Sustainability and action research in universities: Towards knowledge for organisational transformation

Document Type

Journal Article


Emerald Group Publishing Ltd


School of Nursing and Midwifery / Nursing, Midwifery and Health Services Research




Wooltorton, S., Wilkinson, A., Horwitz, P., Bahn, S., Redmond, J., Dooley, J. (2015). Sustainability and action research in universities: Towards knowledge for organisational transformation in International Journal of Sustainability in Higher Education, 16(4), 424-439. Available here.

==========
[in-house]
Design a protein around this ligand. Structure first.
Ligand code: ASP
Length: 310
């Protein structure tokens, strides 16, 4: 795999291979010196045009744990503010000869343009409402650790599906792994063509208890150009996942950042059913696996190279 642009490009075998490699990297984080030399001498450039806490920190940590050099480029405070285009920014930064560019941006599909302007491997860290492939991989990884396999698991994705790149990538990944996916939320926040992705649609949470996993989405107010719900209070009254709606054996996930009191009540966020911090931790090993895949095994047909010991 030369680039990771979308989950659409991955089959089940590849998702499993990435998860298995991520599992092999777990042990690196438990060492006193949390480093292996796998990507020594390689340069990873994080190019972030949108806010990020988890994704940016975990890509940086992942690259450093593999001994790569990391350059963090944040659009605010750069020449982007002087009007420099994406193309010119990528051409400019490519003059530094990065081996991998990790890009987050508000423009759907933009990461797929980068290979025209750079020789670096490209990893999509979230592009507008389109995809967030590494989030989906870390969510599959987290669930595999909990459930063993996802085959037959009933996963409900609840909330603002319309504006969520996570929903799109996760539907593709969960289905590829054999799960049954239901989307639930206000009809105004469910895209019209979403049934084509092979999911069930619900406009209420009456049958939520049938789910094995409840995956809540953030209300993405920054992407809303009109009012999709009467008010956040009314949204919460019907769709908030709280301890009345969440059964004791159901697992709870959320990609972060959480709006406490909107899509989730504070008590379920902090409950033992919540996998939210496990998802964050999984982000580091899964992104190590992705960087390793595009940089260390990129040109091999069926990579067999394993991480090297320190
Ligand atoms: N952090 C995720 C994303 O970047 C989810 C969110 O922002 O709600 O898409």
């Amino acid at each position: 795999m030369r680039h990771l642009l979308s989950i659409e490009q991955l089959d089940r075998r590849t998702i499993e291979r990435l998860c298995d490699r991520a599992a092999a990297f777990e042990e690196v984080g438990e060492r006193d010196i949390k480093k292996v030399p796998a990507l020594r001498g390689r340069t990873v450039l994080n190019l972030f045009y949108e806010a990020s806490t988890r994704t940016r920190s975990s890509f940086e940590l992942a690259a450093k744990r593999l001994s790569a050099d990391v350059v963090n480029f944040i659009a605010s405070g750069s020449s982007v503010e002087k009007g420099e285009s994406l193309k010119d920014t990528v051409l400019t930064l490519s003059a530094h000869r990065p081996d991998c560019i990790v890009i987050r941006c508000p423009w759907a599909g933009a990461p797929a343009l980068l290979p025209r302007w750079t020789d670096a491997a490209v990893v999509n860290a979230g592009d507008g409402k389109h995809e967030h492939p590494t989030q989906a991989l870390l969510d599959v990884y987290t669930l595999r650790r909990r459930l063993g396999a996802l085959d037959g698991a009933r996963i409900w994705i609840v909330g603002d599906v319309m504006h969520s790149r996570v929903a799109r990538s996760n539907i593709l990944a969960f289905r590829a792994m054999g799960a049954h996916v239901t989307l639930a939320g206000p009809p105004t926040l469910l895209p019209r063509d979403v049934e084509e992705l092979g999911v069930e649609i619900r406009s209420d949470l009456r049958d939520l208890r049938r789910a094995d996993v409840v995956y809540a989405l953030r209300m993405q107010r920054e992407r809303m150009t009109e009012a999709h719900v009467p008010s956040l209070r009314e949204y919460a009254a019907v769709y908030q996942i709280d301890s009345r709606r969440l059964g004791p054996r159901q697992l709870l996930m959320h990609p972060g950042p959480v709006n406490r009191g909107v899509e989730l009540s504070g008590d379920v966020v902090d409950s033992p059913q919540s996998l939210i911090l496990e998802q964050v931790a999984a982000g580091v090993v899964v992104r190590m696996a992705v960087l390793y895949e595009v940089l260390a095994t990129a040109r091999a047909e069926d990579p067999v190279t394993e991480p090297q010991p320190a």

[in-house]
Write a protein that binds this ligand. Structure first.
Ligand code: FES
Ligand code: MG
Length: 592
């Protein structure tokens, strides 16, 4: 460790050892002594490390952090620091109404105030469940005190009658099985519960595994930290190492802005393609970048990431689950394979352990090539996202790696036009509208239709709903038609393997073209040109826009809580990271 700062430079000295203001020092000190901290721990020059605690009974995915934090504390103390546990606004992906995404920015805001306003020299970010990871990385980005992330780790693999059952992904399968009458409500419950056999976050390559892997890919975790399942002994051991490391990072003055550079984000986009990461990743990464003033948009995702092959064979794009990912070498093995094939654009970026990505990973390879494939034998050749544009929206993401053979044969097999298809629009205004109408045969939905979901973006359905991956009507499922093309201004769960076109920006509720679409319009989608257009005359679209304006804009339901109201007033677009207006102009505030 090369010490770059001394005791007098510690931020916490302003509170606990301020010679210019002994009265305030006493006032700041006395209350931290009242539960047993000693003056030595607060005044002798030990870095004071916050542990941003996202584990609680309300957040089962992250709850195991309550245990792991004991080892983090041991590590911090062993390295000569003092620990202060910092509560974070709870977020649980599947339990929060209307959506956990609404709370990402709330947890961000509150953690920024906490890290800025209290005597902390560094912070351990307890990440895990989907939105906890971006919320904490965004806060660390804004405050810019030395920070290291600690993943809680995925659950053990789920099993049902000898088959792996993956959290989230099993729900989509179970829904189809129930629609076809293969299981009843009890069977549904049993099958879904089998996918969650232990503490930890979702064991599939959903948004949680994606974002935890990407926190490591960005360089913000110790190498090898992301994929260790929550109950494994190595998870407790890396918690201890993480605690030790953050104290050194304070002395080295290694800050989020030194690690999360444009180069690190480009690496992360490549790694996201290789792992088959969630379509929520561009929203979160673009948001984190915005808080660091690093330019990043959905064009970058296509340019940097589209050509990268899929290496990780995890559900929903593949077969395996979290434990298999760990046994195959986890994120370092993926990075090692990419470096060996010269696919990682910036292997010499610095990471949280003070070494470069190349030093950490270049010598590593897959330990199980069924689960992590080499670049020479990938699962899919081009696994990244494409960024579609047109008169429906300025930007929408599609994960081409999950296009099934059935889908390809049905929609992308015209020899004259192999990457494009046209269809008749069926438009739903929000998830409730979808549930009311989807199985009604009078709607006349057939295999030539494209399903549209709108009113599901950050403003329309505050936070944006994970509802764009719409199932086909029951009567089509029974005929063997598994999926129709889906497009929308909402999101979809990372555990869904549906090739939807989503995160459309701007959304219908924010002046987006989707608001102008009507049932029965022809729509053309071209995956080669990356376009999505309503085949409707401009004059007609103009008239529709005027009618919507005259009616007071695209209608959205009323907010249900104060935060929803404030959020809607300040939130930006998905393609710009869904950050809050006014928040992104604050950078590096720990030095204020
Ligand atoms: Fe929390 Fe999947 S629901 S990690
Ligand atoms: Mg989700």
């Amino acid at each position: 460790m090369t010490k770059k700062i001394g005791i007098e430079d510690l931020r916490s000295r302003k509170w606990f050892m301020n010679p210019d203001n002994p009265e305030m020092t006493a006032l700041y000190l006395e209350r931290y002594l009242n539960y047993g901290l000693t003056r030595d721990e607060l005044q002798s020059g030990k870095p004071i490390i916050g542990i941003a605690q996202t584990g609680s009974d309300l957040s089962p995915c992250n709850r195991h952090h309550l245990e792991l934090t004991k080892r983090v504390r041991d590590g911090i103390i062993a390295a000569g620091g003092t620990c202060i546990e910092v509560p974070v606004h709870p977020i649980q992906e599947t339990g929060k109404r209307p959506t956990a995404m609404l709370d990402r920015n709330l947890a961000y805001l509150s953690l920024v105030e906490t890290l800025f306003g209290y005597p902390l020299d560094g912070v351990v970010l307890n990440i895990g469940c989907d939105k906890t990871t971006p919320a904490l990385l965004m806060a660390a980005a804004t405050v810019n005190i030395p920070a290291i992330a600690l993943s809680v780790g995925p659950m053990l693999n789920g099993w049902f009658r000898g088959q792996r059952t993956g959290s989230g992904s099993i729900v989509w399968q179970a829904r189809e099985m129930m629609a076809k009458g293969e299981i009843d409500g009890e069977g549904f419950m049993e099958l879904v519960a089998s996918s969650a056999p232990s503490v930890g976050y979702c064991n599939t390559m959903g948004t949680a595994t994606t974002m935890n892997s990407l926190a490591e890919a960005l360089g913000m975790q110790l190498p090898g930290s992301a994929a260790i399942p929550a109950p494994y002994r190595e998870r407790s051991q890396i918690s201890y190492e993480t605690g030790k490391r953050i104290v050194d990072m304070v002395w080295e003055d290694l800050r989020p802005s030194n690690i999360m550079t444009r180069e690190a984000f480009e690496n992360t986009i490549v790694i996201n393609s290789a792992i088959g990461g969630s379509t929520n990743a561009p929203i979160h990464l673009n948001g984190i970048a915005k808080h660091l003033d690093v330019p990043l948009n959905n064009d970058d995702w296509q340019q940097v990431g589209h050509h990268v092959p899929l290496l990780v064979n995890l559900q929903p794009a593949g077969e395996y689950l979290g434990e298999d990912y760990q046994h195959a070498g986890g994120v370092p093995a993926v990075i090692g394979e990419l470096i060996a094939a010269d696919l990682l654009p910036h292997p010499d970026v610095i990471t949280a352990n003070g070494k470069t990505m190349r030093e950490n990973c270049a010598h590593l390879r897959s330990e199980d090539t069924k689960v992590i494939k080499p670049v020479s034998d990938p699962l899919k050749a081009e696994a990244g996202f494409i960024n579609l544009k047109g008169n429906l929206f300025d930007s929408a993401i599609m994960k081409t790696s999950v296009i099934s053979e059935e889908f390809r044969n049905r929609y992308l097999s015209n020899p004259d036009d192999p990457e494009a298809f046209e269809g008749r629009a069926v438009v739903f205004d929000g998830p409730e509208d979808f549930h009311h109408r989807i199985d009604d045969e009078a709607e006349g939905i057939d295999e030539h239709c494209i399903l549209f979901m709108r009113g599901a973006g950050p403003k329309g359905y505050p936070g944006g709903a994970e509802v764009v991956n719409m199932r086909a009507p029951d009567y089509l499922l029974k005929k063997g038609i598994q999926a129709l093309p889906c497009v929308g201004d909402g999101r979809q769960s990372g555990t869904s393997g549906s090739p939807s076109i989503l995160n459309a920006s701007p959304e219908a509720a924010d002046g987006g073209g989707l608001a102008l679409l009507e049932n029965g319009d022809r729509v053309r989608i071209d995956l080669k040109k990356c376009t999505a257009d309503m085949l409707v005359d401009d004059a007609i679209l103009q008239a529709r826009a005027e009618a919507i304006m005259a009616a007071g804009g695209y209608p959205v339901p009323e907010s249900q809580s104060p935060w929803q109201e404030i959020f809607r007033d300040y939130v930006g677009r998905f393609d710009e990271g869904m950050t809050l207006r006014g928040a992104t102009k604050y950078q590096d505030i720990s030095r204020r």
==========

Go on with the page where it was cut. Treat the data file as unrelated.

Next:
Purpose – Academic approaches to the challenge of enhancing sustainability in research in university contexts illustrate that universities are affected by the very same values and socio-ecological issues they set out to address, making transformation difficult at every level. A theoretical and practical framework designed to facilitate cultural transformation is therefore necessary for conceptualising the problem and delineating possible strategies to enhance sustainability in research. Organisational change is also required, possibly on a university-by-university basis, where cross-institutional learning may be possible with personal behaviours that enhance collaboration across disciplinary and administrative divides. Design/methodology/approach – This paper contends that action research, in particular, community action research (CAR), offers the best approach to this task because it focusses on learning and change, and these are both essential to cultural transformation. A case study from a university in Western Australia is used to demonstrate this approach. Findings – The case study analysis shows some evidence for the presence of knowledge for organisational transformation, and that future monitoring cycles will be needed to detect the extent of the change. Originality/value – The paper introduces CAR as an approach to advance the change for sustainability in higher education and discusses some of the implications for universities who are looking to incorporate sustainability as a major part of their culture.



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